The incumbent Democrat, Gov. Jon Corzine, is very vulnerable and could conceivably be beaten by any credible Republican challenger. A May Quinnipiac poll showed Christie leading Corzine 45 percent to 38 percent while Lonegan bested the sitting governor 42 percent to 40 percent (within the margin of error, though Lonegan has led Christie by as many as eight points). A story in Philadelphia’s The Bulletin described the Republicans’ dilemma well. One side has “seen the governor’s weakness as an opportunity to elect a strong economic conservative” in an “eminently populist and union-heavy state.” But “the prospect of beating an incumbent Democrat draws many Republicans to the reputedly more electable Mr. Christie.”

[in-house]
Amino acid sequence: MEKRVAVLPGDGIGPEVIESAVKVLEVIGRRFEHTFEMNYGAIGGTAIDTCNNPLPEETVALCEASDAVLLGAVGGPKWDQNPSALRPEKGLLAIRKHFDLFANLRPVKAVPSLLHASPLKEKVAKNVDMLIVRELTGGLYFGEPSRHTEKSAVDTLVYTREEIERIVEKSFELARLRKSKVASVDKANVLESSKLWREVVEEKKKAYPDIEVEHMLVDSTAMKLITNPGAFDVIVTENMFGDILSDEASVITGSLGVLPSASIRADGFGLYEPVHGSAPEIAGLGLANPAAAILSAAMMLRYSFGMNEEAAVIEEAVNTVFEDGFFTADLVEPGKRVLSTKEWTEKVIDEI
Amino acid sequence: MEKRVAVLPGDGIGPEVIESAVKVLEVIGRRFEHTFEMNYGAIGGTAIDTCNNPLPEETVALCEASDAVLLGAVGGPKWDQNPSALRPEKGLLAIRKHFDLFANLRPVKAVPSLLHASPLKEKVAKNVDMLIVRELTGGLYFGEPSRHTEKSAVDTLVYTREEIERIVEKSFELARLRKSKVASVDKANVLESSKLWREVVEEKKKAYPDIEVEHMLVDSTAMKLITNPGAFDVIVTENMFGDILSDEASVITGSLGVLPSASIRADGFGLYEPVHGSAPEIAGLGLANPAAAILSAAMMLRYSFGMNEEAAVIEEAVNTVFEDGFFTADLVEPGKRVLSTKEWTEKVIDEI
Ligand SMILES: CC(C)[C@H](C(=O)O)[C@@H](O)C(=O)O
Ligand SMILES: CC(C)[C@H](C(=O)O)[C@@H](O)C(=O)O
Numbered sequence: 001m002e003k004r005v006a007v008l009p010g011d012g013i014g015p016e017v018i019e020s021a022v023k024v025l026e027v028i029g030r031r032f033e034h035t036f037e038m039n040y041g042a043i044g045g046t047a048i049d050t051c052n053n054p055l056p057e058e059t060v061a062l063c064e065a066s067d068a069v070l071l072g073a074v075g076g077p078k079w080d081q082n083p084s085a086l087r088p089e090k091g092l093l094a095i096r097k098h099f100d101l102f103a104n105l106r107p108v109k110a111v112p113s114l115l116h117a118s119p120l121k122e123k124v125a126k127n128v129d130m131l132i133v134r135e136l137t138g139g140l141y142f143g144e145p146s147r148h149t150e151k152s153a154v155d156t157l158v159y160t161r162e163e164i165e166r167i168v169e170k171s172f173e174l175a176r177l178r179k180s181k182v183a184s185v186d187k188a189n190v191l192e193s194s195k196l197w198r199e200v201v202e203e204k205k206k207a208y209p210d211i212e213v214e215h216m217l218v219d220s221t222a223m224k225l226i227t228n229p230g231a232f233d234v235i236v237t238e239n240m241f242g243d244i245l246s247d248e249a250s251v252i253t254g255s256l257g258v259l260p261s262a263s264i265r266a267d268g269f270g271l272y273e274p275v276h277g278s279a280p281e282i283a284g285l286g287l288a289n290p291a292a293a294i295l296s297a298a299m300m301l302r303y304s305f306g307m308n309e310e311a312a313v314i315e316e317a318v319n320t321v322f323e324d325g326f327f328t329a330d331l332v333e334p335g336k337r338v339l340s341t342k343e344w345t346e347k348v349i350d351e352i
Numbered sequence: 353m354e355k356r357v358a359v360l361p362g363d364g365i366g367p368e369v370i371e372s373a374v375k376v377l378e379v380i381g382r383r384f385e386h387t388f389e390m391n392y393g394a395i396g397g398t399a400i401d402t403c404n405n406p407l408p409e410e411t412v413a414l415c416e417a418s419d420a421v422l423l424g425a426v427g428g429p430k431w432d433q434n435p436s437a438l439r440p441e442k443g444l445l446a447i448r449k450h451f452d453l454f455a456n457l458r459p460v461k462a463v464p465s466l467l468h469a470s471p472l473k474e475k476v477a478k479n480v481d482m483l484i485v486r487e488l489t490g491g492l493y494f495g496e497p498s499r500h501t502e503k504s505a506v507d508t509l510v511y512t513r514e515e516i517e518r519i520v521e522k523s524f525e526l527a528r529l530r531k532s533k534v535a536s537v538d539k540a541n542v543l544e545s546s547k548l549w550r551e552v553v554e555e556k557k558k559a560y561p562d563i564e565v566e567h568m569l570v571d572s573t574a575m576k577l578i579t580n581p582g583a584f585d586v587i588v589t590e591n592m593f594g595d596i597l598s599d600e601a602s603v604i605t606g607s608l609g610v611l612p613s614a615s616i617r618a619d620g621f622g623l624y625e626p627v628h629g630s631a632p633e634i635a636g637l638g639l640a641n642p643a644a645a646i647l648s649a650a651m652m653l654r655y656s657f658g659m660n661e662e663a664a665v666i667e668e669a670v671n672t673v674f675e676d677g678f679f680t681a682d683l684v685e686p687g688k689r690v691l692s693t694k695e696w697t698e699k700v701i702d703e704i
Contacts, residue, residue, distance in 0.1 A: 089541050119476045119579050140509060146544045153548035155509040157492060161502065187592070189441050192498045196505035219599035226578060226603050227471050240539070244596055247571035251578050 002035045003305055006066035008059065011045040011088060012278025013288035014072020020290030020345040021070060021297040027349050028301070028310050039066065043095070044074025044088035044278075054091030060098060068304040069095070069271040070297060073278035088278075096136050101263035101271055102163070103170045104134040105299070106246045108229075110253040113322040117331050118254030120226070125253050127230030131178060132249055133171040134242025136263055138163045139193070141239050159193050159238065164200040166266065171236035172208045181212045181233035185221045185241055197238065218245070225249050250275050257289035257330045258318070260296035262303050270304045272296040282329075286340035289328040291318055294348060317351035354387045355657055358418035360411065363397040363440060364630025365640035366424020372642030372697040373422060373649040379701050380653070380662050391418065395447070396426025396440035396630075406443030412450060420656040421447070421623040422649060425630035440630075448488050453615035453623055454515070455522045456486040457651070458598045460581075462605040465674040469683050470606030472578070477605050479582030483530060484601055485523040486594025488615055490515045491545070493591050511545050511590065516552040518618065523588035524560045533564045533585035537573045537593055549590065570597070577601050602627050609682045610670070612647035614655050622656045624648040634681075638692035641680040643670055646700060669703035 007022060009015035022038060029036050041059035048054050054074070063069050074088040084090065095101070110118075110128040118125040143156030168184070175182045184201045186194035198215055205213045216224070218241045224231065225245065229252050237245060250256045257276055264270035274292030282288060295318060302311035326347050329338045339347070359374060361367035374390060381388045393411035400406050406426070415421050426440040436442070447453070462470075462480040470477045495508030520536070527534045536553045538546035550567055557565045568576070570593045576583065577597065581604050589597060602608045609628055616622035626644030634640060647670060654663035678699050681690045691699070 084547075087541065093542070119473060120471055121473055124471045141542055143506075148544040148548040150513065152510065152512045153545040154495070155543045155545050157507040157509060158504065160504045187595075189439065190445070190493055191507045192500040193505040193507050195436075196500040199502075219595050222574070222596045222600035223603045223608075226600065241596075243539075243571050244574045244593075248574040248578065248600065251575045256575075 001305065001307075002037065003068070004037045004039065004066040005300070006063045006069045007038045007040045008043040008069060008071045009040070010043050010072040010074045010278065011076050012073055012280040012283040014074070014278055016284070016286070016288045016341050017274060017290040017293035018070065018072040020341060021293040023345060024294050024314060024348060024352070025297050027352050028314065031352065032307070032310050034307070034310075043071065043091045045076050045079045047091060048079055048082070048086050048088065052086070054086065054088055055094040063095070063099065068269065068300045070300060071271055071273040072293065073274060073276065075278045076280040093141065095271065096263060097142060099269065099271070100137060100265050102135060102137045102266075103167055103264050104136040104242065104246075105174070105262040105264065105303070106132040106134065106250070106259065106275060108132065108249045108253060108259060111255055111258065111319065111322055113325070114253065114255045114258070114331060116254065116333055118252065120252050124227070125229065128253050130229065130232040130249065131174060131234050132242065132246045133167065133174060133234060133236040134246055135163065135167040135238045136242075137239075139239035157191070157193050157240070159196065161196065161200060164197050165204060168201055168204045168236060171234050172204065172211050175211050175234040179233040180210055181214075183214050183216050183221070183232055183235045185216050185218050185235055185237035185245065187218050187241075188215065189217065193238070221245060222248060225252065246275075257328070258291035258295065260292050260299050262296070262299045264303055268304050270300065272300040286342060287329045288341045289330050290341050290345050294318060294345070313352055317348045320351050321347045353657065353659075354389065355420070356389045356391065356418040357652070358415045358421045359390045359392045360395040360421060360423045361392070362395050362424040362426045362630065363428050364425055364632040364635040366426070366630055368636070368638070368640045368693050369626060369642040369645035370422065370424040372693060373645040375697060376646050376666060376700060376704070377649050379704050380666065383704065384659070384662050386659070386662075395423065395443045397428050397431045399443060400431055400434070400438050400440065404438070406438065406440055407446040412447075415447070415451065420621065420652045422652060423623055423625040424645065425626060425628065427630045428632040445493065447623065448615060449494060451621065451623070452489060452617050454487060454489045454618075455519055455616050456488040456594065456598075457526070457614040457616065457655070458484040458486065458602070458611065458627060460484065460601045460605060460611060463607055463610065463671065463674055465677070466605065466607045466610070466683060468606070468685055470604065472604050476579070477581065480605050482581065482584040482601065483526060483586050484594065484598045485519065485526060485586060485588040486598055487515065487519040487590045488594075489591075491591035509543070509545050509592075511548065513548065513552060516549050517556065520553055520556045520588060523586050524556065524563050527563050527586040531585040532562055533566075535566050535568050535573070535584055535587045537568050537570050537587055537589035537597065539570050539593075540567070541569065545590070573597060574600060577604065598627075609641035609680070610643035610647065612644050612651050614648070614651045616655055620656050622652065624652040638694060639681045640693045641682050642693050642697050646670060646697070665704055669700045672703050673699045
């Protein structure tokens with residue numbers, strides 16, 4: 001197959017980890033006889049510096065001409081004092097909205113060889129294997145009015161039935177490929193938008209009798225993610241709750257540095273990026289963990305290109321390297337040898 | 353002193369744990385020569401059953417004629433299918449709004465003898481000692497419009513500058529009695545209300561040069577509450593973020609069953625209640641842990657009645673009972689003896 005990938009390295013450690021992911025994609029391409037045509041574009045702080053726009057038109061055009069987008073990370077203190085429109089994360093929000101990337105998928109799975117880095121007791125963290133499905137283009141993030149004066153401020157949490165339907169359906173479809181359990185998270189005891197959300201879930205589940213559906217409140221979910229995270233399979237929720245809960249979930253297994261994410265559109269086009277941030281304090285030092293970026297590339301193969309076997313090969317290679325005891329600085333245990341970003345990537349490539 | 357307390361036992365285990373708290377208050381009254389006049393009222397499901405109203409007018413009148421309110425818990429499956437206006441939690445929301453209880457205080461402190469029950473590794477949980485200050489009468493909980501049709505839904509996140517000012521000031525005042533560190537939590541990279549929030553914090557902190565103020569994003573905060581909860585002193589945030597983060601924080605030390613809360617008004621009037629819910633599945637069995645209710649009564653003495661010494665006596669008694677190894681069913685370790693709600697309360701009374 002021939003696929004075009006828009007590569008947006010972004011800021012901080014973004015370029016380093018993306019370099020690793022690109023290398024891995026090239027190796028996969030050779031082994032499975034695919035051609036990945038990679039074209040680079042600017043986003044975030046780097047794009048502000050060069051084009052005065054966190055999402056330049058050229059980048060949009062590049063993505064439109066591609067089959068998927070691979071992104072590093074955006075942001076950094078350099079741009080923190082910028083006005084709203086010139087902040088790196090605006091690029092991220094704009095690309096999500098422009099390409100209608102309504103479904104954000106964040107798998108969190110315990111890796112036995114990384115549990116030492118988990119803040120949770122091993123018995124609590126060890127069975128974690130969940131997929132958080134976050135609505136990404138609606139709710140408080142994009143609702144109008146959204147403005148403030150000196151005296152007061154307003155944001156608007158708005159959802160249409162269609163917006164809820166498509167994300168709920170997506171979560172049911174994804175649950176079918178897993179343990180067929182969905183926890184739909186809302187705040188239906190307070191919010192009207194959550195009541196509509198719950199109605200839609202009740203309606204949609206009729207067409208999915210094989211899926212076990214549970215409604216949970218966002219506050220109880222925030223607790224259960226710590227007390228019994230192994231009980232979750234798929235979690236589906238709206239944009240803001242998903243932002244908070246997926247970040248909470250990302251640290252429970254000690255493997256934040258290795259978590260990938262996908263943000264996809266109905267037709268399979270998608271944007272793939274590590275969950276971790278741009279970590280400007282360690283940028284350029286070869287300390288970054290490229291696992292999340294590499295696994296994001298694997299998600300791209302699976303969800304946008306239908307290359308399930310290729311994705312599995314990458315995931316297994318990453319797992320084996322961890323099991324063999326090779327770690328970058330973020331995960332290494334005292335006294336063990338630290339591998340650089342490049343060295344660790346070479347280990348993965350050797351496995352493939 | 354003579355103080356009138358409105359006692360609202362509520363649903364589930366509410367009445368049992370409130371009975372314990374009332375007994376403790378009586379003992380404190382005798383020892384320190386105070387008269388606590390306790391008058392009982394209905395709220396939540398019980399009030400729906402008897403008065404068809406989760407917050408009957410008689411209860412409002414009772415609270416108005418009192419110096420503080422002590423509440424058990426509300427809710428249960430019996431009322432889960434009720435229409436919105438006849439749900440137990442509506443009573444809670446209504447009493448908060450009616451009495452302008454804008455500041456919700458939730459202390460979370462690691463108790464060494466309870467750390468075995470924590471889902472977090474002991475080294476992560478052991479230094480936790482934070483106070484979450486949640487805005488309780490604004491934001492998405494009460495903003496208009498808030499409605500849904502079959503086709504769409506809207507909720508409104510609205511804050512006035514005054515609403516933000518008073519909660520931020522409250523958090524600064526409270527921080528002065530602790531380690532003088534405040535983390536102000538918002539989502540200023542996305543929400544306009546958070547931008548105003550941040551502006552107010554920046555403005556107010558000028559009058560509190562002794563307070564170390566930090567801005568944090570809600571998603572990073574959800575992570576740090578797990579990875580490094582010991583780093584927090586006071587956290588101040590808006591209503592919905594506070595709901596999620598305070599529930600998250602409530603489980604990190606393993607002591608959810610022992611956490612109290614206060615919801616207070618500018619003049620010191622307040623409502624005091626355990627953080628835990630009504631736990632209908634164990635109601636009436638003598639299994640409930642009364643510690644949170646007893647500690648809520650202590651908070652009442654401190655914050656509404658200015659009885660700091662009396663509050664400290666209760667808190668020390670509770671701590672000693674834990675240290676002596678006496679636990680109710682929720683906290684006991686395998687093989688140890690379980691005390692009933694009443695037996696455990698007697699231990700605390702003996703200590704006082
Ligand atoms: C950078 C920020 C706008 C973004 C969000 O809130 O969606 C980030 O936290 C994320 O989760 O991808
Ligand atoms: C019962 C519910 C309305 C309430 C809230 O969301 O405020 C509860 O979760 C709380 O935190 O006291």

Connecticut Republicans still have this question ahead of them. A Quinnipiac poll showed former Rep. Rob Simmons mopping the floor with Democratic Sen. Chris Dodd by 50 percent to 34 percent. But Simmons is a quintessential moderate Republican, with a 55 lifetime rating from the American Conservative Union. The same poll showed more conservative state Sen. Sam Caligiuri edging Dodd 41 percent to 37 percent. Should the GOP take what might be a once-in-a-lifetime chance to possibly elect a more reliable conservative in a typically Demo cratic state, even though it means a tougher race? Or should they nominate the candidate with the best current numbers, going for what could be an easy win? (If Dodd remains this weak, Connecticut Democrats may decide to take matters in their own hands during their primary.)